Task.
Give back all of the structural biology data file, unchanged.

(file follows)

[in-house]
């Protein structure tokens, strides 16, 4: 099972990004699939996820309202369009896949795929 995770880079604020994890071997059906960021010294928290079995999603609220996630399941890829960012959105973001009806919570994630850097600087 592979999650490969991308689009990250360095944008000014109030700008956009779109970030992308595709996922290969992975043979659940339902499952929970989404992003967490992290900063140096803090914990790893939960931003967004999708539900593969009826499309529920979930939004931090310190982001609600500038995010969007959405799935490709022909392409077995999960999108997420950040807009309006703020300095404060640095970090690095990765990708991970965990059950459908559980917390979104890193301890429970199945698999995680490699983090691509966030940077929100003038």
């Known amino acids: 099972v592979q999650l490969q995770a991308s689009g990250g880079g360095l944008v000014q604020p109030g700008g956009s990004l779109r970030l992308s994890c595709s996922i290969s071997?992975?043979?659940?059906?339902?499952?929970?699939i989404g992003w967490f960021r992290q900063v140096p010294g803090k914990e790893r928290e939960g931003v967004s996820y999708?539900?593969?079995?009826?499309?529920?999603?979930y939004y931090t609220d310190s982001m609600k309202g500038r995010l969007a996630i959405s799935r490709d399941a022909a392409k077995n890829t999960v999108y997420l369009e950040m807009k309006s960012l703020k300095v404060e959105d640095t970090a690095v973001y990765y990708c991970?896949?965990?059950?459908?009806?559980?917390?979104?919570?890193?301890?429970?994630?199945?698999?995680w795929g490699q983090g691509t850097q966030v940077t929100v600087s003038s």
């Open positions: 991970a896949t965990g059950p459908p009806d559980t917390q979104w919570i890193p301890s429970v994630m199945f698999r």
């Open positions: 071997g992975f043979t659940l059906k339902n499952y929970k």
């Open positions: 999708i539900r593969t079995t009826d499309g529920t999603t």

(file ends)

[in-house]
């Protein structure tokens, strides 16, 4: 099972990004699939996820309202369009896949795929 995770880079604020994890071997059906960021010294928290079995999603609220996630399941890829960012959105973001009806919570994630850097600087 592979999650490969991308689009990250360095944008000014109030700008956009779109970030992308595709996922290969992975043979659940339902499952929970989404992003967490992290900063140096803090914990790893939960931003967004999708539900593969009826499309529920979930939004931090310190982001609600500038995010969007959405799935490709022909392409077995999960999108997420950040807009309006703020300095404060640095970090690095990765990708991970965990059950459908559980917390979104890193301890429970199945698999995680490699983090691509966030940077929100003038």
């Known amino acids: 099972v592979q999650l490969q995770a991308s689009g990250g880079g360095l944008v000014q604020p109030g700008g956009s990004l779109r970030l992308s994890c595709s996922i290969s071997?992975?043979?659940?059906?339902?499952?929970?699939i989404g992003w967490f960021r992290q900063v140096p010294g803090k914990e790893r928290e939960g931003v967004s996820y999708?539900?593969?079995?009826?499309?529920?999603?979930y939004y931090t609220d310190s982001m609600k309202g500038r995010l969007a996630i959405s799935r490709d399941a022909a392409k077995n890829t999960v999108y997420l369009e950040m807009k309006s960012l703020k300095v404060e959105d640095t970090a690095v973001y990765y990708c991970?896949?965990?059950?459908?009806?559980?917390?979104?919570?890193?301890?429970?994630?199945?698999?995680w795929g490699q983090g691509t850097q966030v940077t929100v600087s003038s």
């Open positions: 991970a896949t965990g059950p459908p009806d559980t917390q979104w919570i890193p301890s429970v994630m199945f698999r």
């Open positions: 071997g992975f043979t659940l059906k339902n499952y929970k």
């Open positions: 999708i539900r593969t079995t009826d499309g529920t999603t």